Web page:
#Metoo has given courage to many silent sufferers and previously unspoken stories surfaced. Unfortunately, very very few women want to follow up their stories with the official or legal course for fear of losing jobs or being excluded from better opportunities. The fact is that most of those who were named either strongly denied charges and threatened the complainants or are downplaying hoping for the dust to settle down. Unless we are able to create a long term agenda for an atmosphere of empathy & inclusion, this problem will persist and predatory behavior will not be curbed.
As per the World Economic Forum’s Global Gender Gap Report 2018, India ranks 108th in WEF gender gap index. It recorded an improvement in wage equality for similar work. Nayyar thinks that there is a need for more women in senior and professional roles to reduce gender parity.
Today, more and more women are joining the workforce as companies look to lessen the gender gap and have a diverse mix of employees. However, when it comes to compensation gap, it still exists in most industries and there is enough third-party research to corroborate that.
“Having said that, when it comes to M&E industry in general and digital (media and advertising agencies) in particular, I think the gap is a lot lesser,” shared Singh.
Garima Khandelwal – Chief Creative Officer, Mullen Lintas too thinks that the gap will take a while to fill, having a working environment where women can feel secure, come out and speak up without any fear. Also to know how many of the allegations made were actually true will also help the cause, so it’s not forgotten as a fad.
“The problem is very large to go away immediately,” quips Singhania. “To my mind, the only way to eliminate it is to have a proper gender balance.”
Better opportunities, due benefits, credit for good work, pay package, authority for decision making – Despande lists down all the factors women are at a disadvantage. According to her, creating awareness among men and women leading to acceptance of gap would be the most challenging first step.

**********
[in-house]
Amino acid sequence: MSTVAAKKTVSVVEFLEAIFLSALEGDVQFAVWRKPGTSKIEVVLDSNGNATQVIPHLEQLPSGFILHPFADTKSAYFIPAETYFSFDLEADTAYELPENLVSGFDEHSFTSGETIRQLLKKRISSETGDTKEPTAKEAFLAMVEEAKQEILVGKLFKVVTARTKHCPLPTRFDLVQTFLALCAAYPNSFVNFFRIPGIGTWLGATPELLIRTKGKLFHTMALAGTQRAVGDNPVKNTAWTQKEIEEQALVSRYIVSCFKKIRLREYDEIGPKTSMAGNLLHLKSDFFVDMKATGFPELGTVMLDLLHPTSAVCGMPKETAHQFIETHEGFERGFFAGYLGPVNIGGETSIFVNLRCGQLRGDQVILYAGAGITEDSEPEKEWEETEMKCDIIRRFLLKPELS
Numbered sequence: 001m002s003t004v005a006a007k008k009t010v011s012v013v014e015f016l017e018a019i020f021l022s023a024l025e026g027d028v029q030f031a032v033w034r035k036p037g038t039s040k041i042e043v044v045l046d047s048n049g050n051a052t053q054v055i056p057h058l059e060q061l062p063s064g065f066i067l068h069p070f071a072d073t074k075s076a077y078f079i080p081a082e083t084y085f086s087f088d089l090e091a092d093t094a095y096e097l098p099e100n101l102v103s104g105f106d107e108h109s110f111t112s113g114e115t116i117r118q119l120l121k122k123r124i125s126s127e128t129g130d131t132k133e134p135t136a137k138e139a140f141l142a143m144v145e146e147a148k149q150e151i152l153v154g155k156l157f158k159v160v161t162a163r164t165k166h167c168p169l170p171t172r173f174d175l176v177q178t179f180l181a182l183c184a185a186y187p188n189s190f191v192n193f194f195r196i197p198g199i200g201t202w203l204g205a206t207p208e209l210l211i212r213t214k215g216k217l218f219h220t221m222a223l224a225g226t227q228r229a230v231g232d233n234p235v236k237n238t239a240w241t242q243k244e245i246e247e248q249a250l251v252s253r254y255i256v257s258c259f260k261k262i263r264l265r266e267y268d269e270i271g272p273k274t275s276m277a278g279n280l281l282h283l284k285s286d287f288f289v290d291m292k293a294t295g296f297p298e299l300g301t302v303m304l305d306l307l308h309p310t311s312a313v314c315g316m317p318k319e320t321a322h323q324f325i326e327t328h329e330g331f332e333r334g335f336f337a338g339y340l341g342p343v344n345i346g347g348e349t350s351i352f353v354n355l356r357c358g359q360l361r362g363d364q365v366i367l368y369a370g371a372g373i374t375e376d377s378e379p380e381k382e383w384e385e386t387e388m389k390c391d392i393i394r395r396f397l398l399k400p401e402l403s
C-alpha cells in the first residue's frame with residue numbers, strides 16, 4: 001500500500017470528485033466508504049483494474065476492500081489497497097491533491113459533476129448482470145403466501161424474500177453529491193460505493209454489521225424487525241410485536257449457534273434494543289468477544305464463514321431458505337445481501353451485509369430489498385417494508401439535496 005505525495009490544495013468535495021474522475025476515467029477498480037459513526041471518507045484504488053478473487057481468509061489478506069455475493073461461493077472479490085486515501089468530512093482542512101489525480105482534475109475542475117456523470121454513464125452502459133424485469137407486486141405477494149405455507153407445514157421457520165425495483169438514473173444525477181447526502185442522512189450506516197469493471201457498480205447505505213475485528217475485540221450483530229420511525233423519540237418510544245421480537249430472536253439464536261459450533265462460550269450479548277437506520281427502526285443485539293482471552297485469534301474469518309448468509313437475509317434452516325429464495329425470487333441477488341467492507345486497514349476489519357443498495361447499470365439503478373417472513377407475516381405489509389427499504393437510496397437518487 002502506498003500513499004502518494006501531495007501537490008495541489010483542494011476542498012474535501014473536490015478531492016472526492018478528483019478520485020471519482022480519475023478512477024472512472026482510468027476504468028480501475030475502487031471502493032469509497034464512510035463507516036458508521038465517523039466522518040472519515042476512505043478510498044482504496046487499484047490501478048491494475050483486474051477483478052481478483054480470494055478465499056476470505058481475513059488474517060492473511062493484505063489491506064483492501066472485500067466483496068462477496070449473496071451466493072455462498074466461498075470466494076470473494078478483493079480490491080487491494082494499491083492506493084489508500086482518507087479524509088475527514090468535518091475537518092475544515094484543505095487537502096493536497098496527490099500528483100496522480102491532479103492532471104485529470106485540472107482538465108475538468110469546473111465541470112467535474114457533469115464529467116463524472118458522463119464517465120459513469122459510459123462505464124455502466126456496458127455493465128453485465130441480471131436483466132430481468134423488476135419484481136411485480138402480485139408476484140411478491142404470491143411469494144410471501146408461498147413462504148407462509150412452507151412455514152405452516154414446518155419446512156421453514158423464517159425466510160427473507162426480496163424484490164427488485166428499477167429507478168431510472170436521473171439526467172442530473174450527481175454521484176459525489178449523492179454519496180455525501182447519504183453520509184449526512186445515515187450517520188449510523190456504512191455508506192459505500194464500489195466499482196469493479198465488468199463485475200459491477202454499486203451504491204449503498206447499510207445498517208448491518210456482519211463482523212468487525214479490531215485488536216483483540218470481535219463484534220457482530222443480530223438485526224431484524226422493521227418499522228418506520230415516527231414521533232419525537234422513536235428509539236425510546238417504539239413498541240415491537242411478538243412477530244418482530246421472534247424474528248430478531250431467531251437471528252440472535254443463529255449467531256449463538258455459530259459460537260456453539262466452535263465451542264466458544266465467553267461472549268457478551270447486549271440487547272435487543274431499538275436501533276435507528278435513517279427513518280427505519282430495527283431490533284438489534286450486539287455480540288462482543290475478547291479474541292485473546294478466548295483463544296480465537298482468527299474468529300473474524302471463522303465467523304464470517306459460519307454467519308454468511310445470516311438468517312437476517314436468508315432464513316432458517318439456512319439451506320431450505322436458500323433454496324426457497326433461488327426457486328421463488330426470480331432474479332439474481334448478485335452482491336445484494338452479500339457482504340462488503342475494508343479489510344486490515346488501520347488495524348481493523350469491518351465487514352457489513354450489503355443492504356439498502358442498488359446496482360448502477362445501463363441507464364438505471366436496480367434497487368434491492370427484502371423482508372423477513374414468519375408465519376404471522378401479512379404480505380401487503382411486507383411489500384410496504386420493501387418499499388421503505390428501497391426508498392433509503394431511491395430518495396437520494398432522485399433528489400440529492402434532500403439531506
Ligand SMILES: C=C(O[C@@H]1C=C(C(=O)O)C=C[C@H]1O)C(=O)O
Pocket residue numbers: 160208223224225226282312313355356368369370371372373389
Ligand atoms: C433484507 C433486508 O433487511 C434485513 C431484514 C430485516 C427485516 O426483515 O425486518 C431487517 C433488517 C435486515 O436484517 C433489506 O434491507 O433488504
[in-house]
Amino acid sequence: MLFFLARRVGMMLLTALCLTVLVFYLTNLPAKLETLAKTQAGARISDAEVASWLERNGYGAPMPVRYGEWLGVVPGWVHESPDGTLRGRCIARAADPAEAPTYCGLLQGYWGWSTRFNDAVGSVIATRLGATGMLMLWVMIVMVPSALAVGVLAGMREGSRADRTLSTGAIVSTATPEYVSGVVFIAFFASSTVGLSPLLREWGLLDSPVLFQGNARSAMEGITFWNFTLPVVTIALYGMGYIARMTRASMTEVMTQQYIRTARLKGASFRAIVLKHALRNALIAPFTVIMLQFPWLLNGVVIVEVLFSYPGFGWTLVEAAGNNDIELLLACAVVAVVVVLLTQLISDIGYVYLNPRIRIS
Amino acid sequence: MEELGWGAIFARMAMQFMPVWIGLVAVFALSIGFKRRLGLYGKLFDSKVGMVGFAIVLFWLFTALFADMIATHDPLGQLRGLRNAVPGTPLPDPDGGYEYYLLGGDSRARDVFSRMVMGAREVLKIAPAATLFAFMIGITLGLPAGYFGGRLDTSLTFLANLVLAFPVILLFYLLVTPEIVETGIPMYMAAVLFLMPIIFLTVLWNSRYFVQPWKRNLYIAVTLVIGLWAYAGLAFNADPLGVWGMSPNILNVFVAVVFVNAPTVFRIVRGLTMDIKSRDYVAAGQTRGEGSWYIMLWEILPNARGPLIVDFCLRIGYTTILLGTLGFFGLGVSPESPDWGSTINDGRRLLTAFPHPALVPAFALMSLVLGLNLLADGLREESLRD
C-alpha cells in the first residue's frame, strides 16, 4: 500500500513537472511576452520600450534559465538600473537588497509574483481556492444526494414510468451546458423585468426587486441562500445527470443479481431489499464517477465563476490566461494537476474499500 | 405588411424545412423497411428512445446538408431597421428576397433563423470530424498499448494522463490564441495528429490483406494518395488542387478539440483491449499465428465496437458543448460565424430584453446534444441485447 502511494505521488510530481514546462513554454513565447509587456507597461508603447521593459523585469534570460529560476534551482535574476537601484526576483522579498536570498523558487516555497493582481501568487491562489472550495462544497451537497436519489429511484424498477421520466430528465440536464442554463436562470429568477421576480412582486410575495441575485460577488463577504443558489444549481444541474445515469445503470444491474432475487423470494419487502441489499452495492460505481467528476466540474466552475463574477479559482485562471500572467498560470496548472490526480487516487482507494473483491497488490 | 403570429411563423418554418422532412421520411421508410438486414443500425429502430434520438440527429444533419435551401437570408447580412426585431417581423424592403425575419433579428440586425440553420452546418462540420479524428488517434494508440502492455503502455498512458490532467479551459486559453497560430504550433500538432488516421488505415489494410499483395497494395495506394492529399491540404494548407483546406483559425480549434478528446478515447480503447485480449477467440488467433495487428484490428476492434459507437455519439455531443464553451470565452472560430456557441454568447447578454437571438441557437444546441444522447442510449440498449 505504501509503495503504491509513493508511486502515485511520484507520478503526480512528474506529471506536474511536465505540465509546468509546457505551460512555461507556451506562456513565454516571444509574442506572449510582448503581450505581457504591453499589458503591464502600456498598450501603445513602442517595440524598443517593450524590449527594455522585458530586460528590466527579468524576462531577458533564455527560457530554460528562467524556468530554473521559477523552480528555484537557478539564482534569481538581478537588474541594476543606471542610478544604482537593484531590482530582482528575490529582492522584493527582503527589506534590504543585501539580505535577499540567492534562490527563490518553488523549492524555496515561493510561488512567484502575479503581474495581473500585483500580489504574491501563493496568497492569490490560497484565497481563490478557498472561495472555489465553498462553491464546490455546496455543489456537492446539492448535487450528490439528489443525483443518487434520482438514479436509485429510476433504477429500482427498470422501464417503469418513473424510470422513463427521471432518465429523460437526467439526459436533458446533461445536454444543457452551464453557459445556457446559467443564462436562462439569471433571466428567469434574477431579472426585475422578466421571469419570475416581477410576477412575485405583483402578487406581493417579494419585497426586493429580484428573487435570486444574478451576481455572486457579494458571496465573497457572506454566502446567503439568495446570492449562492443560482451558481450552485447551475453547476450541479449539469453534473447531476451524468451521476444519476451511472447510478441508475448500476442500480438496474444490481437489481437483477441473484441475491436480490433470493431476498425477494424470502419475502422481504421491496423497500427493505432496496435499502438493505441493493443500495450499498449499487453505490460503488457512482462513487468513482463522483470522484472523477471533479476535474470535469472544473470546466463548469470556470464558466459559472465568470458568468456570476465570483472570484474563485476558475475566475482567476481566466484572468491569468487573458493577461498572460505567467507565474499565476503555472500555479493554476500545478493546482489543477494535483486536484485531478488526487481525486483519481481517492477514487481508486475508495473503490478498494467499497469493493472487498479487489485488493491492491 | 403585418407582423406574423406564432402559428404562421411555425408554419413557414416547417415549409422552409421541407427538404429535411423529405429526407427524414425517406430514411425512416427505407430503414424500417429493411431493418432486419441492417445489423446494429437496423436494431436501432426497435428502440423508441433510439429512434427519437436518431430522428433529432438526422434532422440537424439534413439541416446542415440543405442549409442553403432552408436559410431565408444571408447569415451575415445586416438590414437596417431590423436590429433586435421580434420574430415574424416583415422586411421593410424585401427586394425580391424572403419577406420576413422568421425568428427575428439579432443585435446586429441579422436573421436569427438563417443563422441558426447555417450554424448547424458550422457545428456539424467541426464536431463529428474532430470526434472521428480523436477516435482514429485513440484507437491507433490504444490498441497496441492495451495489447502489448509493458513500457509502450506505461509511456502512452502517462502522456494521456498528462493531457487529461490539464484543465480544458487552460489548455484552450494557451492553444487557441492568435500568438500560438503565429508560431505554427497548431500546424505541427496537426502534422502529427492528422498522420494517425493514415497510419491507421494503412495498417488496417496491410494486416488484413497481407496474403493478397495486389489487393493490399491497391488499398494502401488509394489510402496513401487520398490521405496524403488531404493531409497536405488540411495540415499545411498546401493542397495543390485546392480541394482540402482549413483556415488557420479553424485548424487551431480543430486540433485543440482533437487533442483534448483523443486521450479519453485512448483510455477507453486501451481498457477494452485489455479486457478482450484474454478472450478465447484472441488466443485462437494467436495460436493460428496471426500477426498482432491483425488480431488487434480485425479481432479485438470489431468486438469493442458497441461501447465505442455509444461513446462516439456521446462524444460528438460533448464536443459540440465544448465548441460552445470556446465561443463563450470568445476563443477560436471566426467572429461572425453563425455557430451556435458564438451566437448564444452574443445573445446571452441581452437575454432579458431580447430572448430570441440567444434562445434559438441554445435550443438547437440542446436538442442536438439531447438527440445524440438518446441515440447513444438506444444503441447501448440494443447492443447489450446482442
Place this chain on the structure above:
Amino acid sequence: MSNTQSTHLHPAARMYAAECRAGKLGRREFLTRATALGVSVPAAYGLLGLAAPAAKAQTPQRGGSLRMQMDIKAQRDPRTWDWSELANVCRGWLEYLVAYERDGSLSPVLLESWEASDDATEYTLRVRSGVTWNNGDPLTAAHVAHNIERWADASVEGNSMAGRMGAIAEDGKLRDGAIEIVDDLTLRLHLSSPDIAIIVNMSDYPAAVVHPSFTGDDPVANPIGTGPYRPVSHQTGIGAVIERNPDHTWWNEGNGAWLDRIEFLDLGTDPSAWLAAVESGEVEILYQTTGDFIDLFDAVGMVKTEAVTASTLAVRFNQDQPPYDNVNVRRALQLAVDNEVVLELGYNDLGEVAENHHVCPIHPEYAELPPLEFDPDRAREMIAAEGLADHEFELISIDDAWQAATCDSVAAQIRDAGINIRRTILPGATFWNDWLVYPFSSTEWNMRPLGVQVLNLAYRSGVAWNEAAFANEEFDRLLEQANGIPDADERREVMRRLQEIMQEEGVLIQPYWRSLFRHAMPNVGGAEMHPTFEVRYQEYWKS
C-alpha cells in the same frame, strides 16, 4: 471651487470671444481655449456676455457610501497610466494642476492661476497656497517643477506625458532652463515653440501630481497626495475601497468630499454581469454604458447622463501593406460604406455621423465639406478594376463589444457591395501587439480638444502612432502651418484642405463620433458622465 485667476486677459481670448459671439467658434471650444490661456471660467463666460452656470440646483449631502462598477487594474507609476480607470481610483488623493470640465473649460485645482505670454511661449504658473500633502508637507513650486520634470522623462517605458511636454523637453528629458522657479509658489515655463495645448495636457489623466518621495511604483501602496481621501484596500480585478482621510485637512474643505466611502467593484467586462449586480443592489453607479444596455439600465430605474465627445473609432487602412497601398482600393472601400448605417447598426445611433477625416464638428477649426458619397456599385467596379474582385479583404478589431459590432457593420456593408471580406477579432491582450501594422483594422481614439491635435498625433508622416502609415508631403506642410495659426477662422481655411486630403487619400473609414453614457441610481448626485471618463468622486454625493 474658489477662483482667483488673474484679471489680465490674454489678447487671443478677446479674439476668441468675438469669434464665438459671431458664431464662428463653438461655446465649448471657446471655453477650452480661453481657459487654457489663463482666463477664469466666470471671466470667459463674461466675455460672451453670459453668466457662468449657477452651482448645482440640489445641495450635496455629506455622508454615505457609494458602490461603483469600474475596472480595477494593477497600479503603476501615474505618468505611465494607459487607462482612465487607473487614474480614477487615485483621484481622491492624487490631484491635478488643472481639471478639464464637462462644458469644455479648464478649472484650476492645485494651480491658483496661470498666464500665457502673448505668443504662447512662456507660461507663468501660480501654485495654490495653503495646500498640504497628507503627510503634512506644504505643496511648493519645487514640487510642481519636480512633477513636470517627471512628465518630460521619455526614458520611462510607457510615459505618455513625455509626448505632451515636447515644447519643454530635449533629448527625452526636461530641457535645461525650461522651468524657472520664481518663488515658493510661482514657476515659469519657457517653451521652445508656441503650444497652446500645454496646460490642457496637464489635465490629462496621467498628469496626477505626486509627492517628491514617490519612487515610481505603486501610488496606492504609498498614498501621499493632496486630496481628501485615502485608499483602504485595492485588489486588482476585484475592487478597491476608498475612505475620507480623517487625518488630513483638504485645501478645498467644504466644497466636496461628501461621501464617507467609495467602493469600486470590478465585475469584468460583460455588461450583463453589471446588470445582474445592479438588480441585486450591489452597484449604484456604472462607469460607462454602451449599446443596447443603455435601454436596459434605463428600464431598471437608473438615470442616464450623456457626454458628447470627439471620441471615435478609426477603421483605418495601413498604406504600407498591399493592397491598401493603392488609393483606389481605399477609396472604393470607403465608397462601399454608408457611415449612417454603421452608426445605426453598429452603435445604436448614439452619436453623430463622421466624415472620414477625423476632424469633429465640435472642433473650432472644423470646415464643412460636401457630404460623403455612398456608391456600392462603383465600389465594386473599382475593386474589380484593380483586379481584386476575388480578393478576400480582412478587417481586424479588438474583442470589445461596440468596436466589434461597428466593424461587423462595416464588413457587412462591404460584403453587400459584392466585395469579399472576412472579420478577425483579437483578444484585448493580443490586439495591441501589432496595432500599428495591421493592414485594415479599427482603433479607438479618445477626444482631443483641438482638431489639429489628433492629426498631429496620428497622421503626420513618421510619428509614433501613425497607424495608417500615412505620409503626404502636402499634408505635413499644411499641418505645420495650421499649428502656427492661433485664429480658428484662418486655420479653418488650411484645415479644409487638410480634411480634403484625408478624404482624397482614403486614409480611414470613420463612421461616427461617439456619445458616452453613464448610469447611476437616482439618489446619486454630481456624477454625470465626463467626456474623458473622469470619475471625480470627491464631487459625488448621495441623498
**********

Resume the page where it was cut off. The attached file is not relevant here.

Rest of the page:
India is well below the world average when it comes to equal representation of women in the workplace. The gap needs to be bridged at every level, stressed Balakrishnan. “Coming to the #MeToo movement, it’s important that the momentum is kept going and companies continue to take steps to make women feel more empowered and safer at work and come up with policies to foster that.”
This Women’s Day, our experts and fellow superwomen put ahead a special message and advice for the world to make it a better place for them.
Anita Nayyar: Do not judge a woman by her clothing or her appearance, judge her by her talent, her skill, by the content of her character. She is by no means the weaker section. Do not treat us (women) any differently.
Srija Chatterjee: It’s easy to listen to everyone else and believe in their truths, but you will truly be heard only when you listen to and stand by your own voice. Keep trying till you find it and never let it go once you do.
Rubeena Singh: I would like to highlight that women make up 50% of the potential workforce and bring to the fort a certain set of skills, characteristics, and perspectives which are valuable. Gender diversity only enriches the quality of discourse in an organization, making it stronger and more successful.
Ashwini Deshpande: Though the problem may appear as it belongs to women, everyone needs to wake up to the fact that unequal, unfair, unsafe workplace puts the entire community at a disadvantage and would eventually reflect poorly on the bottom line of a company.
Garima Khandelwal: Being a woman is your biggest strength, be proud and go forth
Bindu Balakrishnan: Its time women are recognized and given the rightful place they deserve. Give them the same growth opportunities and the chance to reach the top. Give them the same remuneration for the same amount of effort as the guy standing next to her. Above all, give your daughters the confidence that they can be whoever they want, support them, nurture them.
Nisha Singhania: My message to women is this attached poster which is prominently displayed above my desk always.